Spring moves along. Each passing week brings more exciting flowers to discover while walking in the woods. Lady Slippers are just making an appearance around the region. This is the first one I found in bloom. There were about a dozen more in various stages of getting ready to bloom. Now that I found the pink ones, I’ll be looking for some yellow ones. The two different color varieties prefer different environments.
A Common Loon in an uncommon situation. Loons frequently can be seen along the eastern coast where they migrate. It is a bit uncommon to see them on a suburban lake. This male has been here for about three weeks. He seams to be healthy i.e. fishing and moving around the lake. There has been some concern the lake is not long enough to provide a “runway” for him to take off. No one has reported observing any attempt by the loon to takeoff. Other extralimital bird species have visited the area and stayed for extended periods then, disappeared while no one was looking, perhaps the loon will, too.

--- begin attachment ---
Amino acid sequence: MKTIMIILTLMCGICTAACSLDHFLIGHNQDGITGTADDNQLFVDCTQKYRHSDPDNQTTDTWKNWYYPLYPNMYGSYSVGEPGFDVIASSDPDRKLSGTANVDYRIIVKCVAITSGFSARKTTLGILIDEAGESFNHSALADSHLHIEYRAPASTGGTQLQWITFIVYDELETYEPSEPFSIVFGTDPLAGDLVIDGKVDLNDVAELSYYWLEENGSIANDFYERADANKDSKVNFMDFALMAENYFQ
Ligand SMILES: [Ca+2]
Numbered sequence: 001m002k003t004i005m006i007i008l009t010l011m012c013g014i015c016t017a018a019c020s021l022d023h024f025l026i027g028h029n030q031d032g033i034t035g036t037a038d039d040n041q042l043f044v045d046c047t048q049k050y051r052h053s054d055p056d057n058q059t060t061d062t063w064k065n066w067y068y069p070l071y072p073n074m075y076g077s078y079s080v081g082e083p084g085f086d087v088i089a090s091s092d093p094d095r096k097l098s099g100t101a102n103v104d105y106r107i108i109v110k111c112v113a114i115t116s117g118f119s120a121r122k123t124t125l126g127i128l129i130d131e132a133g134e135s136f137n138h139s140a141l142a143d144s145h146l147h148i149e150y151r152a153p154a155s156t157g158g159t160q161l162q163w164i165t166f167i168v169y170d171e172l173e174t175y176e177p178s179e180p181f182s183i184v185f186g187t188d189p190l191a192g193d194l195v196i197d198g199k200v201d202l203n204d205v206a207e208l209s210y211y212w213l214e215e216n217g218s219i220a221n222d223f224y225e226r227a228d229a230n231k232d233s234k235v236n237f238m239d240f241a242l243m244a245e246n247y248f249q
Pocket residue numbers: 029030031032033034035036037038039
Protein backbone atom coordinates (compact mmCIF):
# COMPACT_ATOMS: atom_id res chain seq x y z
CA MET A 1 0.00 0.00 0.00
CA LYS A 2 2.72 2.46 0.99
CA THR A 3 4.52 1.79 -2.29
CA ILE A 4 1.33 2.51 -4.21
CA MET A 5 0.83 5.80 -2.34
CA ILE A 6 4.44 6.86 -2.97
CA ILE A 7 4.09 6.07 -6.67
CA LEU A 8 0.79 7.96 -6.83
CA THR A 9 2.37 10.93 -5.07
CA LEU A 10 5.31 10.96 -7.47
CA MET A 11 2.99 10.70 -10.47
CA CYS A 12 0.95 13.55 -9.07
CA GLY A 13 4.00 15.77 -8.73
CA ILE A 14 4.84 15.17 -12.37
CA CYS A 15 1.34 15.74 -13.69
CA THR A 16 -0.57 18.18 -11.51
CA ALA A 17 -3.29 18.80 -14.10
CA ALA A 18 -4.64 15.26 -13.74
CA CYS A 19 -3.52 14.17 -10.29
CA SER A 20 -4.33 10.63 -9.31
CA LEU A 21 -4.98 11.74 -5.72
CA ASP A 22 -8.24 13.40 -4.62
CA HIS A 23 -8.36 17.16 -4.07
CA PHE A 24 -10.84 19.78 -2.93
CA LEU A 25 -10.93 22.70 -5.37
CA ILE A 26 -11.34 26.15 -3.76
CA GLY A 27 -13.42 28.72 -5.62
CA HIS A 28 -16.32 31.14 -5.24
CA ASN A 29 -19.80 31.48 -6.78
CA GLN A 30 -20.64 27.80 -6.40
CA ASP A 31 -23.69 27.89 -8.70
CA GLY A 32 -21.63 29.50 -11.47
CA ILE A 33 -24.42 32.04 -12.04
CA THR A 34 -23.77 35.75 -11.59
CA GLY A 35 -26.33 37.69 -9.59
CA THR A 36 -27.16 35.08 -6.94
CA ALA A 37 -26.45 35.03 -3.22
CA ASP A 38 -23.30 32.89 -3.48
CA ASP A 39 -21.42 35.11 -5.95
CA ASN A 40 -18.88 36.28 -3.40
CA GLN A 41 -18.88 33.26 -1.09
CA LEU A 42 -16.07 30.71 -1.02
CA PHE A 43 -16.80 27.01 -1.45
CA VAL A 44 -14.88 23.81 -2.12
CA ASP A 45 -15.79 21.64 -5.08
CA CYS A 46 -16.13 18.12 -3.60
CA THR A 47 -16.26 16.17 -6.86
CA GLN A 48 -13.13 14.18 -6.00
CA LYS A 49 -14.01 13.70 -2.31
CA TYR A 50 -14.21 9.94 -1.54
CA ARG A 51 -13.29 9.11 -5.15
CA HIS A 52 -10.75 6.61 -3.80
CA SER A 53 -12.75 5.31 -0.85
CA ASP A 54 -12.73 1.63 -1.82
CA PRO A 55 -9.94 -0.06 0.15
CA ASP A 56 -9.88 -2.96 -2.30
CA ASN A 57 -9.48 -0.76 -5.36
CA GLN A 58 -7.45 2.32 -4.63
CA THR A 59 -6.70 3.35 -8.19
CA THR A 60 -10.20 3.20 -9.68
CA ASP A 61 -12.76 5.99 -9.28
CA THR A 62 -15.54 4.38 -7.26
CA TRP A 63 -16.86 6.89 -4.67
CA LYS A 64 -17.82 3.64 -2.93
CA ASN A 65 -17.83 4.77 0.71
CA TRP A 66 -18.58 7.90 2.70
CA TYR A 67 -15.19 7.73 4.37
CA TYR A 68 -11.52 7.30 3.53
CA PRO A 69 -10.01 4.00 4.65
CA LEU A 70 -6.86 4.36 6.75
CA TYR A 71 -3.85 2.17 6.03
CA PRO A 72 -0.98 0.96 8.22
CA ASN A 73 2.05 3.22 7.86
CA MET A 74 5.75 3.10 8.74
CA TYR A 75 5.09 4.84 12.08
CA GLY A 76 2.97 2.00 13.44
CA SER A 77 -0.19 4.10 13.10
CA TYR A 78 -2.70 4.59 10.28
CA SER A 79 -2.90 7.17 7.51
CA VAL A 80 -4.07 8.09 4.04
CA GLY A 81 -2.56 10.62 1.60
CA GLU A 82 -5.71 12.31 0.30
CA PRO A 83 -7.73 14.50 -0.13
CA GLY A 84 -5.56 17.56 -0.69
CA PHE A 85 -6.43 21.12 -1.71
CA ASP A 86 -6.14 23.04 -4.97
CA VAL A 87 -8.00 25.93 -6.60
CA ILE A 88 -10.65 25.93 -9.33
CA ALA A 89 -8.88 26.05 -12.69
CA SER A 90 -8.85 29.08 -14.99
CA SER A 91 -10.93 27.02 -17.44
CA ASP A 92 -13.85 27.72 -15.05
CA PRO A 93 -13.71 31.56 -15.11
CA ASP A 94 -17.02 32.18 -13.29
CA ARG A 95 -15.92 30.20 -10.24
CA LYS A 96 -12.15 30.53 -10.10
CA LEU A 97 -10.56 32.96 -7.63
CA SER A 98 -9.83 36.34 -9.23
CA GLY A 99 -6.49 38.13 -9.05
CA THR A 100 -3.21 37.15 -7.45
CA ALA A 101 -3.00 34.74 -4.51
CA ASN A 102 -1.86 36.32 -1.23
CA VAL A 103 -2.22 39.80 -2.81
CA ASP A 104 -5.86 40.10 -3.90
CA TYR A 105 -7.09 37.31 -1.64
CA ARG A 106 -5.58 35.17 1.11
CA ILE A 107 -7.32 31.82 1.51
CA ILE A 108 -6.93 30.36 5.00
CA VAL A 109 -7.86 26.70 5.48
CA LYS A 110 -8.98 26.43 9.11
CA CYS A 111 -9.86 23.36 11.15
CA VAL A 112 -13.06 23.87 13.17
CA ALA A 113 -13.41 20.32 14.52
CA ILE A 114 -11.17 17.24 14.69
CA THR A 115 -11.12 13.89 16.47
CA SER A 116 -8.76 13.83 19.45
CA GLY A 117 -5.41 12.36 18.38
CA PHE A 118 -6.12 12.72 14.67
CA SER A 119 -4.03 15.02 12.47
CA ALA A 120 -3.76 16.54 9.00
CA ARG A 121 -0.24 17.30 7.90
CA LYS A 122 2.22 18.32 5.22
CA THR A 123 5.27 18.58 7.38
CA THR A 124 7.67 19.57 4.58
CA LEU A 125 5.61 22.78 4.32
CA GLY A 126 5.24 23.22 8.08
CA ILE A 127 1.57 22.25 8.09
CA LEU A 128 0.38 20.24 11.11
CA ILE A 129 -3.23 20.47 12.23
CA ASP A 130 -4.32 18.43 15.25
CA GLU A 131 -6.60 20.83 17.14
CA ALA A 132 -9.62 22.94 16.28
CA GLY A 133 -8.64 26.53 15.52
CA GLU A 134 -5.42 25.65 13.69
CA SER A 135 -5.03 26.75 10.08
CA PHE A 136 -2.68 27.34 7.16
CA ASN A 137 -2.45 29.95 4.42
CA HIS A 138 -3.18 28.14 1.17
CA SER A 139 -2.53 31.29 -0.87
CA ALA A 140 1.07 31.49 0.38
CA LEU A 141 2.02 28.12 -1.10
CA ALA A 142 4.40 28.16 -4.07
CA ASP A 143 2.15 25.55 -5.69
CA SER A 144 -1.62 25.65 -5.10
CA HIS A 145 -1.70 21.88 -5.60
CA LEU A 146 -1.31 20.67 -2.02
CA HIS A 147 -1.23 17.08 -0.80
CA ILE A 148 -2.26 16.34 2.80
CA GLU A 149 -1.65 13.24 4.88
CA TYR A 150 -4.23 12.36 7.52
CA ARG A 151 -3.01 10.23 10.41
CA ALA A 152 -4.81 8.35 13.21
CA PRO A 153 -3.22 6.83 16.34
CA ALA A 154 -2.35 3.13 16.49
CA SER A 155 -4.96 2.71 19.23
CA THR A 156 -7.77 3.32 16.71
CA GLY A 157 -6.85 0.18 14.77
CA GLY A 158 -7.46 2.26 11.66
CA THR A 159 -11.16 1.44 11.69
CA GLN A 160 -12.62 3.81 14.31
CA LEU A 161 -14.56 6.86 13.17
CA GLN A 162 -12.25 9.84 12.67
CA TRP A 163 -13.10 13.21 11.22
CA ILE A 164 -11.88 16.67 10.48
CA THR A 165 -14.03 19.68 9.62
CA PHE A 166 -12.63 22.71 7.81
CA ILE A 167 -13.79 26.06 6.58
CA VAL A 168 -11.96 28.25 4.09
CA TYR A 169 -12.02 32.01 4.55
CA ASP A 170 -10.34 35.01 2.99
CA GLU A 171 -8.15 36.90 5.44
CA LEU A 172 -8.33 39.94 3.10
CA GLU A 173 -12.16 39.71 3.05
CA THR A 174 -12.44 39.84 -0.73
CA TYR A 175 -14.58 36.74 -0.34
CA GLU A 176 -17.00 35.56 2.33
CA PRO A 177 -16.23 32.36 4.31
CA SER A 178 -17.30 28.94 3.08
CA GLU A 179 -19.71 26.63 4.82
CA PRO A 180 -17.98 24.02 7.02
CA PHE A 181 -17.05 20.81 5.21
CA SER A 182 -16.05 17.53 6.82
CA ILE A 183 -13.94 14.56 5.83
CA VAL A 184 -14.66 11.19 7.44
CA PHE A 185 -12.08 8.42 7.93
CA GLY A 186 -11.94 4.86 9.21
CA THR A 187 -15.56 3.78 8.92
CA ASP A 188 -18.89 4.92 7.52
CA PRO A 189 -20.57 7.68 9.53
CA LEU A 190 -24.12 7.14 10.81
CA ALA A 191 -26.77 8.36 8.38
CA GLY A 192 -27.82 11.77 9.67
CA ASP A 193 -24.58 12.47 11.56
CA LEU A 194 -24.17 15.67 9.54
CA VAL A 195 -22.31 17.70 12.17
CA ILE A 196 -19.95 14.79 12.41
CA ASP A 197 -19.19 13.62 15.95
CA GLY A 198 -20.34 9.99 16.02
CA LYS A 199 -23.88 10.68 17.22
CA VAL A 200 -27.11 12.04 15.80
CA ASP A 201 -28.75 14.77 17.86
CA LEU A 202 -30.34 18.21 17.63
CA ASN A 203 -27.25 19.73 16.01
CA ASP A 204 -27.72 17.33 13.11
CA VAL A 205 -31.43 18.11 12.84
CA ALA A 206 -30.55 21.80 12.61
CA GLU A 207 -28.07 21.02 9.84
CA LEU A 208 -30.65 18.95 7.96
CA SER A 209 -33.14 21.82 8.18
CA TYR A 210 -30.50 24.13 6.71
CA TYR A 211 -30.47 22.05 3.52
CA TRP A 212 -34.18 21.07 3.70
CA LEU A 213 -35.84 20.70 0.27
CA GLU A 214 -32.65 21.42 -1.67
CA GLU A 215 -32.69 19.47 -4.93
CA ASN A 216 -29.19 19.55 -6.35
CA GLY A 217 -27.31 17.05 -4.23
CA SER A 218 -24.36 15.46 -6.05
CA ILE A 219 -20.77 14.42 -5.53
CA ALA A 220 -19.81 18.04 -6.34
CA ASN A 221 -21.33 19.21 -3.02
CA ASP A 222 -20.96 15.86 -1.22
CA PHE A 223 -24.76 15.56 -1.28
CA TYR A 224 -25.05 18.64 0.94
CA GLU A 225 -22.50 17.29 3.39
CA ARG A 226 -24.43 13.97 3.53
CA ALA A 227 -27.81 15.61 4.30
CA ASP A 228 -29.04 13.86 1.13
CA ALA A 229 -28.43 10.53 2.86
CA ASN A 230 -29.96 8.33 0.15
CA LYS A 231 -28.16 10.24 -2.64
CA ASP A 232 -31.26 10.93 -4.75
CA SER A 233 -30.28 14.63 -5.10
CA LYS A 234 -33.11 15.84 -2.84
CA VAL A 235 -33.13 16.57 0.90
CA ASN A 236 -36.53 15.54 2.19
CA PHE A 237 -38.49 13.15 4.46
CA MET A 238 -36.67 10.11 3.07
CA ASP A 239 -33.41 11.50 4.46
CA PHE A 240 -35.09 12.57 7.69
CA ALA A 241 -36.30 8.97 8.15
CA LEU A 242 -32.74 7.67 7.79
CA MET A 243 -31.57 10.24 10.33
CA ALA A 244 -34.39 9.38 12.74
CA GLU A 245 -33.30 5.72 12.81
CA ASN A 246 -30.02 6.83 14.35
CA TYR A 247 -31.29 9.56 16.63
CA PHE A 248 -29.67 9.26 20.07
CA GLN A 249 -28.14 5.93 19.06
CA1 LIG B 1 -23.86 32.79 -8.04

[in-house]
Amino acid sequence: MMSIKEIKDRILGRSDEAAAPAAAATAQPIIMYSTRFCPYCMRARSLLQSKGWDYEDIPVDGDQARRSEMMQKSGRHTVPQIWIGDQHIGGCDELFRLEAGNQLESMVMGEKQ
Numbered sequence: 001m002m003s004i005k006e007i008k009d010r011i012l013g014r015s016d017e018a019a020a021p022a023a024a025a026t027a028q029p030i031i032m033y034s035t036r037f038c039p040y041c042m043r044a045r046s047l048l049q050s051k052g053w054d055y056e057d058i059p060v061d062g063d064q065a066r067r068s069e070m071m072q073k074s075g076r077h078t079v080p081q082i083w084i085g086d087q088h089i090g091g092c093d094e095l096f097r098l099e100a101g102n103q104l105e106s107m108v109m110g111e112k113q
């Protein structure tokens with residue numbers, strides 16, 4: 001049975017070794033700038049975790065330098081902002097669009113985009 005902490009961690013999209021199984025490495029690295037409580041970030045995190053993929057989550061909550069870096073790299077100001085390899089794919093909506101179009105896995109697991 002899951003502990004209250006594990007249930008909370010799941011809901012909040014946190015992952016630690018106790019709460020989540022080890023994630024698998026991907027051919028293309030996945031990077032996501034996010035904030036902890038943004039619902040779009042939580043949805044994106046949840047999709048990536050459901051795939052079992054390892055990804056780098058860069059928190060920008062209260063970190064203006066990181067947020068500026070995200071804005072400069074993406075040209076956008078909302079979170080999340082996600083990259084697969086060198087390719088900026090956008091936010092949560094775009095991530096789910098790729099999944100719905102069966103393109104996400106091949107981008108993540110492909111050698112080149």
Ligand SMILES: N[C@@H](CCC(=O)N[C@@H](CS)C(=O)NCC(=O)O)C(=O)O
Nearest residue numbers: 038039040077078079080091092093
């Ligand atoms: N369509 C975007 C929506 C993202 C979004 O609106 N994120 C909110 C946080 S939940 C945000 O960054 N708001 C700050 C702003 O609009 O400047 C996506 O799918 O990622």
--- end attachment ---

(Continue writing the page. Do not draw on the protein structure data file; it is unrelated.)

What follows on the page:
Here at the Thompson WMA, the trillium (grandiflora) season coincides with the spring bird migration. Once in a while, you can capture a warbler enjoying the trilliums while looking for insects. I was on my knees photographing the trilliums when the redstart posed for me. At one point, this male redstart came so close to me I was not able to focus the lens!
Another treat to be had when walking through the woods. The flower is bright green until mature when it develops the dark stripes.
Red Winged Blackbirds become very protective of “their” territory when it is breeding season. The birds build nests in tall grasses in wetlands. They will often perch on tree limbs and call out telling other RWBB’s they are there i.e females welcome, males stay away!